Born in Santiago in 1975, Tomás Munita studied photography in Chile before travelling the world to work on multiple projects. During 2006 he moved to Kabul, Afghanistan to work as the Associated Press’s Chief Photographer. His collection Leaving the Shadows documented the daily life of Afghans and won him the prestigious Leica Oskar Barnack Award. His recent book Lost Harvest about the Loa River in the Atacama Desert won the All Roads National Geographic Award.
Now back in Santiago with his three children, he spoke to This is Chile:
This is Chile: What was it like growing up in Chile as a student of photography?
Tomás Munita:I bought my first camera when I was 16 and travelled around the country with it. I soon realized I wanted to be a photographer because of the things it pushed you to do for a shot. I’d traveled before, but now I was going into people’s houses and jumping onto fishermen’s boats to get shots.
I started to look at my surroundings in a different way, much in the same way a young musician starts to hear music differently. I noticed that so many people would walk quickly along the street with their heads down – with my camera, it would take me an hour to walk one block because I was starting to see shapes and colors for the first time. I was completely re-learning an environment that had been so familiar.
TiC: How active is the photography community in Chile?
T.M: For as long as I can remember, there has been a good level of photography in Chile. The work of photographers who documented the dictatorship was so important, and they received a lot of support from foreign photographers. That generation of photographers went on to teach, and some of them taught me.
The new generation is a bit different – there is not a countrywide oppression to photograph, and photographers in Chile are becoming freer, more experimental and artistic. You can tell a lot about a country by seeing what the artists are doing.
TiC: What is your favorite place to shoot in Chile?
T.M: It has to be the Atacama. The desert is so surreal; the colors, and especially the distance. When you are standing in one place, in all directions you can see for such a great distance and so much is going on – the shadows of clouds, the different colors of the soil. You also have these oases, where you go from dry areas to water and there is this contrast, this explosion of life which is wonderful to capture.
Working on my last book, Lost Harvest, I got to meet the most interesting people in the desert, the Aymara and the Atacameños.
TiC: You have taken shots of people in wartime Afghanistan, and you also covered the aftermath of the earthquake in Kashmir. Do you ever feel unsure about photographing people at their most exposed and vulnerable?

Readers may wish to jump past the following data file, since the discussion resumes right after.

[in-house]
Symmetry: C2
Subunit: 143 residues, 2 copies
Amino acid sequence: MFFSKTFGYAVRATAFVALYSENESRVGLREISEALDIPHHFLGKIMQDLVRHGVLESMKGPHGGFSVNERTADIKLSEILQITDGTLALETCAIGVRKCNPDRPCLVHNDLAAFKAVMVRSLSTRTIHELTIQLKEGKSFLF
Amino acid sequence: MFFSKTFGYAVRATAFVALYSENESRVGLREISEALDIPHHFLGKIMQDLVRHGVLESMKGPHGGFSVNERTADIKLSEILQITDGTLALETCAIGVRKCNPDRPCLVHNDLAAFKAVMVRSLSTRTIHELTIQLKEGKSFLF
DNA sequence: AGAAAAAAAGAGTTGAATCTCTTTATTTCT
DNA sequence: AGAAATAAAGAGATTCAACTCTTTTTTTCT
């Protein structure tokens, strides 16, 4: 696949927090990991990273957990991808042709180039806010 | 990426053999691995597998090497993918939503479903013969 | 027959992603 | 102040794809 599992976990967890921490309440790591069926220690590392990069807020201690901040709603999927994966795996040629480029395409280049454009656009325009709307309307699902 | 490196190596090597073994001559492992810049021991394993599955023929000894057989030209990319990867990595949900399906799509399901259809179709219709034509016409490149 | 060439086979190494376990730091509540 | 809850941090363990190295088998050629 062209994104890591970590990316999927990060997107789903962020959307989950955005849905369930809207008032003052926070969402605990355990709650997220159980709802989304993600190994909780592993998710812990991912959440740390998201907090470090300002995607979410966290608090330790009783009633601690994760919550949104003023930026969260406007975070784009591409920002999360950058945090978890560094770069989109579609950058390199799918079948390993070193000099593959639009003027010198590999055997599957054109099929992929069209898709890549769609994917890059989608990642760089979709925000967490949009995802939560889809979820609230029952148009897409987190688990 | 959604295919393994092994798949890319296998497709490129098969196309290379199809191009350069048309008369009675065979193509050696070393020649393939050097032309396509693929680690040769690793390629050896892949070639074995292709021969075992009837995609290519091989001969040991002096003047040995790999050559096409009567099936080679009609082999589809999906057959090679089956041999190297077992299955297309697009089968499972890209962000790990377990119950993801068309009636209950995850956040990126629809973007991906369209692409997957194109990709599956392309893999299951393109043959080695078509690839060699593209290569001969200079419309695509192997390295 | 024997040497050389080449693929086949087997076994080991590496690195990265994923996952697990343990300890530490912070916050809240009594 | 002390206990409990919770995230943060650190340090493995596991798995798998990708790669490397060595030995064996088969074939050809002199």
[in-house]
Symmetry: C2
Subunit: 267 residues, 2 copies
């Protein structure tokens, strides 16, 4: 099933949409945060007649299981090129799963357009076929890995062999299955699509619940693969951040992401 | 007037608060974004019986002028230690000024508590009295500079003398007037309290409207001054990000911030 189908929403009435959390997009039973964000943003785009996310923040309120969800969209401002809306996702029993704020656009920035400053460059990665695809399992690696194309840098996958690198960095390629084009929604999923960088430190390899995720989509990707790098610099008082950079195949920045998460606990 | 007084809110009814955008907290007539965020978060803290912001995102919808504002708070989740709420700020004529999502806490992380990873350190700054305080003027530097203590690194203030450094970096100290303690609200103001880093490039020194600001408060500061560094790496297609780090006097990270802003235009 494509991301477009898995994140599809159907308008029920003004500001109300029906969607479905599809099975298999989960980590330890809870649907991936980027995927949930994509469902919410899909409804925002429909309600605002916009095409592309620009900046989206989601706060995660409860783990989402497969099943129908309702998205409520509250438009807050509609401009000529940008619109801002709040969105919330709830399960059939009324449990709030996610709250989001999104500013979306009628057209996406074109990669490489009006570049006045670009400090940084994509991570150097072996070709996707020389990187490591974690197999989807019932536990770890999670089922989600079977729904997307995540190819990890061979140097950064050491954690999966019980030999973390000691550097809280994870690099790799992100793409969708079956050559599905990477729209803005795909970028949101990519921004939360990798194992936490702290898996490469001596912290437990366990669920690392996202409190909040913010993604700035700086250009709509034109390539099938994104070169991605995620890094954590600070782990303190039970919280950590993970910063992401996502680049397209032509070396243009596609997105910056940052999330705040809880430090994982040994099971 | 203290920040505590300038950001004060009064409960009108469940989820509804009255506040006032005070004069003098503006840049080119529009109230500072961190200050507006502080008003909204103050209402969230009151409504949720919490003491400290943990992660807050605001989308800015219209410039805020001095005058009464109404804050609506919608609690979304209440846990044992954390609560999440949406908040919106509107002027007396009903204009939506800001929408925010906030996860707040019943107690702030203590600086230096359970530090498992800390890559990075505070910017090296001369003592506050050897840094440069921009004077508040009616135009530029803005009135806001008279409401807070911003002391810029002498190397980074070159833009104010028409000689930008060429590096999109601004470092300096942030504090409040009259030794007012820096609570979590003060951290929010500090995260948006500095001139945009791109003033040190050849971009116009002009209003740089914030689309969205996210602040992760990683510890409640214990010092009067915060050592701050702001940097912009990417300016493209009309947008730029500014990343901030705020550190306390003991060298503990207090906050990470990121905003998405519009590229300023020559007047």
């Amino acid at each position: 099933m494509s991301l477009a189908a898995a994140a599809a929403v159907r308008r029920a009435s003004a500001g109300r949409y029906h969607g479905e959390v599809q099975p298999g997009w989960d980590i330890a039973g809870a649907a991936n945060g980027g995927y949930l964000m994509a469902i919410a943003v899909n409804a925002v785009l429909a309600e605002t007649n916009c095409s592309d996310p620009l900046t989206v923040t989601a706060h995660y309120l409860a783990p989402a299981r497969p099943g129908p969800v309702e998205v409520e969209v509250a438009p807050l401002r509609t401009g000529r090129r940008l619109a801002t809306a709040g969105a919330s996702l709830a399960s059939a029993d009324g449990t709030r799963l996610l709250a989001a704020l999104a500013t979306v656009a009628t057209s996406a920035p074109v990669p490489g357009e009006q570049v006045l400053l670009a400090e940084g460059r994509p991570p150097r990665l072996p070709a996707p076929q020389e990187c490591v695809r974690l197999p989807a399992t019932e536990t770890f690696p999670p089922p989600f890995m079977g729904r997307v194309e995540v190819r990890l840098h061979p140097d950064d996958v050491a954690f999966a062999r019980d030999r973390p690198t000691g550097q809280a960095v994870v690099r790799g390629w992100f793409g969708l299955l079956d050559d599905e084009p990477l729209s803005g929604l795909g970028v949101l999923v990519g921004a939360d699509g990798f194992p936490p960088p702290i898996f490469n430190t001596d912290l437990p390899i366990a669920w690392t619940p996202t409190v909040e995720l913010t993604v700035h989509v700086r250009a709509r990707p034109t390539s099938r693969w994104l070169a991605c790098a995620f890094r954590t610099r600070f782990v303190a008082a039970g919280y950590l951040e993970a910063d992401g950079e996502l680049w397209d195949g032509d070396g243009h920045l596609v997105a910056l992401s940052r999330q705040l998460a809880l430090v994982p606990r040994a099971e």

T.M: Sometimes I feel uncomfortable, but I never feel bad. Photographers and journalists have a role to play – we let people tell their story through us. It is difficult to do this and you have to work hard, and it must be done honestly and respectfully. It is different when you have a massive group of photographers trying to get an image of the same crying girl – that’s not respect. Things must be done from a humane perspective.
I think some of the most important work that we can do in these places is to break down stereotypes, of which there are so many. Before I went to Afghanistan I had this idea of the Taliban and the people out there – what I saw was so different. I met people who were honorable, respectful, and delicate. They wanted nothing to do with war, and were just trying to rebuild their lives. I tried to tell their story.
TiC: You received the Leica Oskar Barnack Award for your work in Afghanistan. How self-affirming was this for you?
T.M: It was incredibly motivating. I had spent a year practically by myself – I had no one to share my work with or get feedback from. I was very isolated at that time, and to receive the award at least confirmed to me that I was successful in doing what I had set out to do.
That would be my advice to new photographers. You can only achieve so much by following the direction of an editor. You have to work on your own projects. Before Afghanistan, I had quit the AP to pursue a project in the Himalayas. I spent four months in northern India photographing nomads. The work got me another job offer at the AP, and then after Kabul I quit again for another project. You have to follow whatever ideas excite you the most.
TiC: What’s next?
T.M: I have a lot coming up, mostly shooting for the New York Times and Time Magazine. I am going to photograph the Asháninka people in the Amazon, I’m going to Syria, Libya, Mexico, and Cuba. But thankfully, before then I am taking my family on a three month journey through Patagonia. There I will be taking photos for myself.
You can view more of Tomás’s photos on his website.By Angus McNeice.